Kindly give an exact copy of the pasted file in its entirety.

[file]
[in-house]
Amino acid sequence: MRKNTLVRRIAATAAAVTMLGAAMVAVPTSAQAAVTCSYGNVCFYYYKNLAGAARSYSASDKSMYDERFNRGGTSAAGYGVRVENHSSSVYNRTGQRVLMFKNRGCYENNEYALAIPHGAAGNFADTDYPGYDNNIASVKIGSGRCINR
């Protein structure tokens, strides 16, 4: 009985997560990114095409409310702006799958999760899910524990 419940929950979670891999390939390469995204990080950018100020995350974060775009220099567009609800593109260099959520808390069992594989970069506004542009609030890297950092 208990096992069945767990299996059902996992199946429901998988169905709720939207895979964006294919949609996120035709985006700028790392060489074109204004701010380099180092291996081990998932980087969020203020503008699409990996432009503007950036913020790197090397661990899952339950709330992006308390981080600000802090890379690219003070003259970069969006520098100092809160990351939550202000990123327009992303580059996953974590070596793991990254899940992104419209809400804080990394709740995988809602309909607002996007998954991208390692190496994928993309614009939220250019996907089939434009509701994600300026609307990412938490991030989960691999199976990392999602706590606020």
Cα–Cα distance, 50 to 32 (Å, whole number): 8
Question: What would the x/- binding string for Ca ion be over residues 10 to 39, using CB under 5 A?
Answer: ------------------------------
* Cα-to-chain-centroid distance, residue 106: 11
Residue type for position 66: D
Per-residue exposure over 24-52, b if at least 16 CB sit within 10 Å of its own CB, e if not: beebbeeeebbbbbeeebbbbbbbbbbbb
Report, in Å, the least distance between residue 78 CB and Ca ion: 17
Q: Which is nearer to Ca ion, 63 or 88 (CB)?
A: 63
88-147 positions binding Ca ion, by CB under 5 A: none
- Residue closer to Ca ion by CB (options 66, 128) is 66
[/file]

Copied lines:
[in-house]
Amino acid sequence: MRKNTLVRRIAATAAAVTMLGAAMVAVPTSAQAAVTCSYGNVCFYYYKNLAGAARSYSASDKSMYDERFNRGGTSAAGYGVRVENHSSSVYNRTGQRVLMFKNRGCYENNEYALAIPHGAAGNFADTDYPGYDNNIASVKIGSGRCINR
């Protein structure tokens, strides 16, 4: 009985997560990114095409409310702006799958999760899910524990 419940929950979670891999390939390469995204990080950018100020995350974060775009220099567009609800593109260099959520808390069992594989970069506004542009609030890297950092 208990096992069945767990299996059902996992199946429901998988169905709720939207895979964006294919949609996120035709985006700028790392060489074109204004701010380099180092291996081990998932980087969020203020503008699409990996432009503007950036913020790197090397661990899952339950709330992006308390981080600000802090890379690219003070003259970069969006520098100092809160990351939550202000990123327009992303580059996953974590070596793991990254899940992104419209809400804080990394709740995988809602309909607002996007998954991208390692190496994928993309614009939220250019996907089939434009509701994600300026609307990412938490991030989960691999199976990392999602706590606020």
Cα–Cα distance, 50 to 32 (Å, whole number): 8
Question: What would the x/- binding string for Ca ion be over residues 10 to 39, using CB under 5 A?
Answer: ------------------------------
* Cα-to-chain-centroid distance, residue 106: 11
Residue type for position 66: D
Per-residue exposure over 24-52, b if at least 16 CB sit within 10 Å of its own CB, e if not: beebbeeeebbbbbeeebbbbbbbbbbbb
Report, in Å, the least distance between residue 78 CB and Ca ion: 17
Q: Which is nearer to Ca ion, 63 or 88 (CB)?
A: 63
88-147 positions binding Ca ion, by CB under 5 A: none
- Residue closer to Ca ion by CB (options 66, 128) is 66